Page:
Continue Reading Winter Case Notes: Punitive Damages Awarded for Breach of Fiduciary Duty and Other Recent Decisions of Interest

Nine months ago, we wrote about a 20% shareholder, Alvin Clayton Fernandes, whose bare bones petition Manhattan Supreme Court Justice Frank P. Nervo found stated sufficient grounds to judicially dissolve a seemingly successful modeling agency, Matrix Model Staffing, Inc.

Fernandes’ primary ground for dissolution was that his 80% co-shareholder, Jacquelyn Willard, named Fernandes without his knowledge as the entity’s “responsible person” for withholding and remitting employee income and payroll taxes. Willard allegedly failed to pay employment taxes, saddling Fernandes with personal liability for a $210,000 Trust Fund Recovery Penalty.

“Failing to pay tax liabilities is corporate mismanagement,” ruled the Court in Fernandes v Matrix Model Staffing, Inc. (2022 NY Slip Op 31317(U) [Sup Ct, NY County 2022]), “which defeats a petitioner’s reasonable expectations sufficient to constitute oppression” under Section 1104-a of the Business Corporation Law (the “BCL”).

Because the record was bereft of evidence, though, the Court declined to grant the petition, instead referring the matter to a special referee under BCL § 1109 to conduct an evidentiary hearing on three issues:

  • the “underlying facts of the petition for dissolution;”
  • the “merits of the petition;” and
  • the “appropriate remedy.”

This article picks up 13 days after Justice Nervo issued his decision, when Willard, Matrix’s majority shareholder — hoping to stop dead in its tracks any further litigation over dissolution or an “adequate alternative remedy” to dissolution — filed with the Court a Notice of Election to purchase Fernandes’ stock for “fair value” under BCL § 1118.

Continue Reading The Worst of Both Worlds: Untimely Buyout Election Yields Full Merits Hearing and Huge Bond

This blog frequently covers cases considering a shareholder’s request to dissolve a corporation under New York’s oppression-based corporate dissolution statute, BCL 1104-a.  That statute allows a shareholder to petition for dissolution of a corporation on the grounds that those in control of the corporation have engaged in “illegal, fraudulent or oppressive actions,” (BCL 1104-a[a][1]), or that the “property or assets of the corporation are being looted, wasted, or diverted for non-corporate purposes by its directors, officers or those in control of the corporation” (BCL 1104-a[a][2]).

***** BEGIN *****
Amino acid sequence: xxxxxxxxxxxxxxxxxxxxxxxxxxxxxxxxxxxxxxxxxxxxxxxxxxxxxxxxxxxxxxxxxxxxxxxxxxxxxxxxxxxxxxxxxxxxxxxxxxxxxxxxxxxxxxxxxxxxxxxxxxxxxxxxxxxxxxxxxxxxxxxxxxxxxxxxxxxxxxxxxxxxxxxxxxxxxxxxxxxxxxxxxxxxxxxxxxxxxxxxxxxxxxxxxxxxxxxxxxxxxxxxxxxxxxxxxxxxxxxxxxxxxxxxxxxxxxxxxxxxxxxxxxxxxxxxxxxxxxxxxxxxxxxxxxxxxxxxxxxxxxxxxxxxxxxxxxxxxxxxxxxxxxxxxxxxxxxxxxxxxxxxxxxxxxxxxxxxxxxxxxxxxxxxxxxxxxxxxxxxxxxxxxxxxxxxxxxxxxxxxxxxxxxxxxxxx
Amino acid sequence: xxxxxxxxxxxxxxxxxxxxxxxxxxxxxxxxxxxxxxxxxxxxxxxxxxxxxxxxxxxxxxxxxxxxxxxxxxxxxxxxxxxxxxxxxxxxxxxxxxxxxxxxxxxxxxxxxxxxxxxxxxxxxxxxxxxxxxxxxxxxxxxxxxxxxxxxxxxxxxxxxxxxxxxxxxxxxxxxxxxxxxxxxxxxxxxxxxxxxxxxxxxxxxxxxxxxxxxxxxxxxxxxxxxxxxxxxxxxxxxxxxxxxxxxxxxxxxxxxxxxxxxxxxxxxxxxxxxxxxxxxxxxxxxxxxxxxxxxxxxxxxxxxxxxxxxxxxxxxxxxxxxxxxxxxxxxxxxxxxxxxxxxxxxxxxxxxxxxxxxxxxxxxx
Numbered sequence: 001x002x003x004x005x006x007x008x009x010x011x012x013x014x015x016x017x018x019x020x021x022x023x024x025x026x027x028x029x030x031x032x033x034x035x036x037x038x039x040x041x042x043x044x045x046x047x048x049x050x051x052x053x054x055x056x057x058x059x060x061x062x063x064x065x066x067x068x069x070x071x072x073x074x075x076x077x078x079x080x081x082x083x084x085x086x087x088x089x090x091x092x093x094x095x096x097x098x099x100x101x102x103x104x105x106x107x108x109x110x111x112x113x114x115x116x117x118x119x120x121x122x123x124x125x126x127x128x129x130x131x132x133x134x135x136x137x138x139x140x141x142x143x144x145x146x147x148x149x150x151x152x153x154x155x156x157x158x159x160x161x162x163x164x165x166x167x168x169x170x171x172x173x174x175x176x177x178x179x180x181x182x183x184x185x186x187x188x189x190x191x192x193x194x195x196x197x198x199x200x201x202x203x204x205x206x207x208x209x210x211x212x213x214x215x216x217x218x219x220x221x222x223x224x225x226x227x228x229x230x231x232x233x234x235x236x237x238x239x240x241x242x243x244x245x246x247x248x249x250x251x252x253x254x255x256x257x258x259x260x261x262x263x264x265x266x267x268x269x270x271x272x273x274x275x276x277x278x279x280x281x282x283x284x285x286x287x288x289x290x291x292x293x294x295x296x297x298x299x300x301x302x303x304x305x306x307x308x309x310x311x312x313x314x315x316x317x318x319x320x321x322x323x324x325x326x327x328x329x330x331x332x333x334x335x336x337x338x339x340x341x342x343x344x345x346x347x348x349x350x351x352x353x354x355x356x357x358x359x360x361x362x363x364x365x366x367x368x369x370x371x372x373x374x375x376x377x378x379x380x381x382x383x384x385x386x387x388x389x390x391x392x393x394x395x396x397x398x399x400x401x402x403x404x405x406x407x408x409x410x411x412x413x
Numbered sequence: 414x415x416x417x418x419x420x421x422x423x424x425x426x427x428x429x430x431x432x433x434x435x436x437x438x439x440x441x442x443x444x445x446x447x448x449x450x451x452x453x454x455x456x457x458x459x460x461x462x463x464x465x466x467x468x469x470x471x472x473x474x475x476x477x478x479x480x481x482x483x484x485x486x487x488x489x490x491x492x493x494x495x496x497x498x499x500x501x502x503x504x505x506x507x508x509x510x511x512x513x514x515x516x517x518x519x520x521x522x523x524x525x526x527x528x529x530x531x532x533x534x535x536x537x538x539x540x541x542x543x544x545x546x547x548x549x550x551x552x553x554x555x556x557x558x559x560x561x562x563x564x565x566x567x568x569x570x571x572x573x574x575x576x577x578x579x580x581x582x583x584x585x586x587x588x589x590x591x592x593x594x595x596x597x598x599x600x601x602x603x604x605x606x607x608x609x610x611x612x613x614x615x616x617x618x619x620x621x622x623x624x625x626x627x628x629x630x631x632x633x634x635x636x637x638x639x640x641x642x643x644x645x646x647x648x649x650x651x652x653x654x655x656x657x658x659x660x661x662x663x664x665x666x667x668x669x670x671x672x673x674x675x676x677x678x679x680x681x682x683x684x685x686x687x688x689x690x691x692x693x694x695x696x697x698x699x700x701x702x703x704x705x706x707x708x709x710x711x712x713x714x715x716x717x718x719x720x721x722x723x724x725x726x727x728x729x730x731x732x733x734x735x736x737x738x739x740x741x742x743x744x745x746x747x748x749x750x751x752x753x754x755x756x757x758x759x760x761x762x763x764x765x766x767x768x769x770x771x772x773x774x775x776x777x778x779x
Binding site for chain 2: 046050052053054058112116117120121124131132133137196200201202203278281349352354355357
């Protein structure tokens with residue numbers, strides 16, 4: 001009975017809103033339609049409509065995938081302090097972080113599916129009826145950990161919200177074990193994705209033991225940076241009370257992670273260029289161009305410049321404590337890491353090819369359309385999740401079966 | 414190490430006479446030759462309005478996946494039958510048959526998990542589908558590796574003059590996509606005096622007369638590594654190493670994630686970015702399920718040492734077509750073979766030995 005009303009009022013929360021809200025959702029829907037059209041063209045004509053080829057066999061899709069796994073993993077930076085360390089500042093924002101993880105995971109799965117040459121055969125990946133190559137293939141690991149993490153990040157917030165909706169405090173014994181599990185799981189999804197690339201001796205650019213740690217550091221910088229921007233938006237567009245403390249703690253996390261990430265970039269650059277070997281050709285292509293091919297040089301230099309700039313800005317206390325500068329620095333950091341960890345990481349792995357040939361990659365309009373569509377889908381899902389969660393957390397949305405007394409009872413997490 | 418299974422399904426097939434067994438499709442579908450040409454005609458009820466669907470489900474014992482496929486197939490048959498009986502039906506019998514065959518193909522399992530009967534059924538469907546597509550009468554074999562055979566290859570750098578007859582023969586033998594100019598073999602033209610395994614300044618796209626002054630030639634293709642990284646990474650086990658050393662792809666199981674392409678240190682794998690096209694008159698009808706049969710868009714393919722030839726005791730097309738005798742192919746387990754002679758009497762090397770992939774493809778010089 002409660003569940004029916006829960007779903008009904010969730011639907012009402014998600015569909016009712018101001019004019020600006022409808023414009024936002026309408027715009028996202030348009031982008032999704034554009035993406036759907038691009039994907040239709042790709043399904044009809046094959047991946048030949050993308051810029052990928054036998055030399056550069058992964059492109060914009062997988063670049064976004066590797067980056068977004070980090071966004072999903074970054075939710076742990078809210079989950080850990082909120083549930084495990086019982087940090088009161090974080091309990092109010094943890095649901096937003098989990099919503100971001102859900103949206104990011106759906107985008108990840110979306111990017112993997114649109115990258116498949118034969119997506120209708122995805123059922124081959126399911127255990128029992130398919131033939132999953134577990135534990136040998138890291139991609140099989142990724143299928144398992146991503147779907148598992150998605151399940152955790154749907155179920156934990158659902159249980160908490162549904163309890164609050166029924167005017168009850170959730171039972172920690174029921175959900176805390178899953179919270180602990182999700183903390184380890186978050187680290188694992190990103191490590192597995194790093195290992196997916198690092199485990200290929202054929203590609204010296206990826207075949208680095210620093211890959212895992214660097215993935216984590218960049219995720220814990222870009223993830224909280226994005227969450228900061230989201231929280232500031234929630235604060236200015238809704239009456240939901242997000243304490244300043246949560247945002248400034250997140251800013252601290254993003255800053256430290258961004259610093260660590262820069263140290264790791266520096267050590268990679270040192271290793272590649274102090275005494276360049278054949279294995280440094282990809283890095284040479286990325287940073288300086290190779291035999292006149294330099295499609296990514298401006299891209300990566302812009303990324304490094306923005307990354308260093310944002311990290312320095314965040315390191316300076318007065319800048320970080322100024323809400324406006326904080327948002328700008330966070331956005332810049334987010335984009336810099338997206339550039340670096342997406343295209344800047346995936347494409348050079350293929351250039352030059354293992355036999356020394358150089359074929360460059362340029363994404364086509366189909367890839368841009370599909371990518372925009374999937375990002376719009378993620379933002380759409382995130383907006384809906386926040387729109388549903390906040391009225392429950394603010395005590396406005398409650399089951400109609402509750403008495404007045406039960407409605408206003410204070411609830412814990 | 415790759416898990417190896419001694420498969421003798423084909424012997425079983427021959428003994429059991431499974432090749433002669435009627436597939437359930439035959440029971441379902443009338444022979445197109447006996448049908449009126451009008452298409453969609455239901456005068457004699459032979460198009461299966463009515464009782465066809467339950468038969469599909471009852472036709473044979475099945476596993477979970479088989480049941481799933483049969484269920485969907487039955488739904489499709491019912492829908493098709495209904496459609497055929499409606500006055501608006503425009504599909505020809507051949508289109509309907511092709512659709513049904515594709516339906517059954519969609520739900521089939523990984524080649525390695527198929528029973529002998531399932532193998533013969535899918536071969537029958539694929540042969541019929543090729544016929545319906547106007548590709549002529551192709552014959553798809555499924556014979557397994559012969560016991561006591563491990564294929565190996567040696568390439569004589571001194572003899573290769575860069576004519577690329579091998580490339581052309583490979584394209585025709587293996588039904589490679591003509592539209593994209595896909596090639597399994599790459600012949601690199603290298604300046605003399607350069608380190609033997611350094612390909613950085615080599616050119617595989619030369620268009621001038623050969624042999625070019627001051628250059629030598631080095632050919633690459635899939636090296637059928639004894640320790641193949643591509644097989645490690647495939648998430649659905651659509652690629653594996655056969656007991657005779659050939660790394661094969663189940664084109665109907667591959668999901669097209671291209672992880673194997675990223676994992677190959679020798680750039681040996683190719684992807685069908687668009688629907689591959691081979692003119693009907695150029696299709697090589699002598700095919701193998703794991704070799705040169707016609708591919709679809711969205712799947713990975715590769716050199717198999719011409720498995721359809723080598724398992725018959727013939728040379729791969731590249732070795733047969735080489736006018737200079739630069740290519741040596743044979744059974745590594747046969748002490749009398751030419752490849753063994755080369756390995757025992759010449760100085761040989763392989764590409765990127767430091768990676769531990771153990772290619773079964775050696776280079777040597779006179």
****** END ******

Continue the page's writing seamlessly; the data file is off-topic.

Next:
But even upon a showing of oppression or other misconduct satisfying the requirements of BCL 1104-a, dissolution is not a given.  That is because BCL 1104-a(b) requires the court to consider “whether liquidation is the only feasible means whereby the petitioners may reasonably expect to obtain a fair return on their investment.”  Dissolution should be a remedy of last resort, and a court has broad discretion to fashion a less-drastic, alternative remedy to dissolution.  Consider, for example, this post about a case ordering a compelled buyout of the complaining shareholder (Zulkofske v Zulkofske, 2012 NY Slip Op 51210(U) [Suffolk Co., 2012]), or this post about a case finding money damages sufficient to remedy the oppressive conduct (Hammad v Jamal Kamal Corp., 68 Misc 3d 1227(A) [Queens Co., 2020]). 

Based on the principle that dissolution should be a remedy of last resort, the Court of Appeals in Matter of Kemp & Beatley introduced another layer into the “available remedies” analysis of BCL 1104-a(b).  Even when dissolution is an appropriate remedy, the court must give the shareholders the option to save the corporation by buying out the complaining shareholder: “[e]very order of dissolution . . . must be conditioned upon permitting any shareholder of the corporation to elect to purchase the complaining shareholder’s stock at fair value” (64 NY2d 63 [1984]).

Against this backdrop, consider the Second Department’s recent decision in Marum v Graffeo, which affirmed an order of dissolution of a closely-held corporation entered without a hearing, despite contested allegations and apparent non-consideration of alternative remedies (179 NYS3d 621 [2d Dept 2023]).

Continue Reading Dueling Dissolution Petitions Beget Dissolution Without Consideration of Alternate Remedies

This important question of whether non-manager, minority limited liability company owners owe fiduciary duties continues to bedevil New York litigants and courts.

The prevailing state of the law remains unsettled, with no explicit appeals court guidance to be found. Peter Mahler has written about this unresolved legal question a number of times, with three articles on the subject available here.